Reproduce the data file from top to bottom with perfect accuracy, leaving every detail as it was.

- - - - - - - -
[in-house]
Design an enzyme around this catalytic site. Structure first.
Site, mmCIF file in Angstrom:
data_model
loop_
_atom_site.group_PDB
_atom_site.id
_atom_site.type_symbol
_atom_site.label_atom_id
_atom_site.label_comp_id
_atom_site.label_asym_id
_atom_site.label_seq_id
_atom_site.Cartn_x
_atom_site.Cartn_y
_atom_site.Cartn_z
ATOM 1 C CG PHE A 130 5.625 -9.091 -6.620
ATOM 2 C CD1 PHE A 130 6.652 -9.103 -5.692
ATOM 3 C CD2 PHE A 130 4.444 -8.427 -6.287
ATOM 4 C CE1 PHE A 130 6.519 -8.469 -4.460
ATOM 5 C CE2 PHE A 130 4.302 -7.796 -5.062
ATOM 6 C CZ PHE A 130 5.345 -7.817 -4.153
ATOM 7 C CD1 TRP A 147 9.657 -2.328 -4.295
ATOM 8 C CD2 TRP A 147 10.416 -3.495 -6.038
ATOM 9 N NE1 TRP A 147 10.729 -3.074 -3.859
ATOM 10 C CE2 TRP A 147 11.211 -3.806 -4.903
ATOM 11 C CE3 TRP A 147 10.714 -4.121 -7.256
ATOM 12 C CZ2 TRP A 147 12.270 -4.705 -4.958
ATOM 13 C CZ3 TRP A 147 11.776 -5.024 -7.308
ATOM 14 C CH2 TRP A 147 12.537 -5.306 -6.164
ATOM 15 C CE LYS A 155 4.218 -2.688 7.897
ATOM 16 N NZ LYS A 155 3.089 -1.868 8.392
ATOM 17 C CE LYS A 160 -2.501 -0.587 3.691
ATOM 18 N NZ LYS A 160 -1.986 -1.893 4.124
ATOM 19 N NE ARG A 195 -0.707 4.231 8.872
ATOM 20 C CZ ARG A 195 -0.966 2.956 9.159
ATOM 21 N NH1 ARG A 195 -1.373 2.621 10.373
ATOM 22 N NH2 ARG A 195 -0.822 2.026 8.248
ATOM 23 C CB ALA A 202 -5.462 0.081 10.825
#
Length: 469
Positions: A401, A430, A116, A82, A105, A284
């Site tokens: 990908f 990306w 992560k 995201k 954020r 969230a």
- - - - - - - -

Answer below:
[in-house]
Design an enzyme around this catalytic site. Structure first.
Site, mmCIF file in Angstrom:
data_model
loop_
_atom_site.group_PDB
_atom_site.id
_atom_site.type_symbol
_atom_site.label_atom_id
_atom_site.label_comp_id
_atom_site.label_asym_id
_atom_site.label_seq_id
_atom_site.Cartn_x
_atom_site.Cartn_y
_atom_site.Cartn_z
ATOM 1 C CG PHE A 130 5.625 -9.091 -6.620
ATOM 2 C CD1 PHE A 130 6.652 -9.103 -5.692
ATOM 3 C CD2 PHE A 130 4.444 -8.427 -6.287
ATOM 4 C CE1 PHE A 130 6.519 -8.469 -4.460
ATOM 5 C CE2 PHE A 130 4.302 -7.796 -5.062
ATOM 6 C CZ PHE A 130 5.345 -7.817 -4.153
ATOM 7 C CD1 TRP A 147 9.657 -2.328 -4.295
ATOM 8 C CD2 TRP A 147 10.416 -3.495 -6.038
ATOM 9 N NE1 TRP A 147 10.729 -3.074 -3.859
ATOM 10 C CE2 TRP A 147 11.211 -3.806 -4.903
ATOM 11 C CE3 TRP A 147 10.714 -4.121 -7.256
ATOM 12 C CZ2 TRP A 147 12.270 -4.705 -4.958
ATOM 13 C CZ3 TRP A 147 11.776 -5.024 -7.308
ATOM 14 C CH2 TRP A 147 12.537 -5.306 -6.164
ATOM 15 C CE LYS A 155 4.218 -2.688 7.897
ATOM 16 N NZ LYS A 155 3.089 -1.868 8.392
ATOM 17 C CE LYS A 160 -2.501 -0.587 3.691
ATOM 18 N NZ LYS A 160 -1.986 -1.893 4.124
ATOM 19 N NE ARG A 195 -0.707 4.231 8.872
ATOM 20 C CZ ARG A 195 -0.966 2.956 9.159
ATOM 21 N NH1 ARG A 195 -1.373 2.621 10.373
ATOM 22 N NH2 ARG A 195 -0.822 2.026 8.248
ATOM 23 C CB ALA A 202 -5.462 0.081 10.825
#
Length: 469
Positions: A401, A430, A116, A82, A105, A284
């Site tokens: 990908f 990306w 992560k 995201k 954020r 969230a």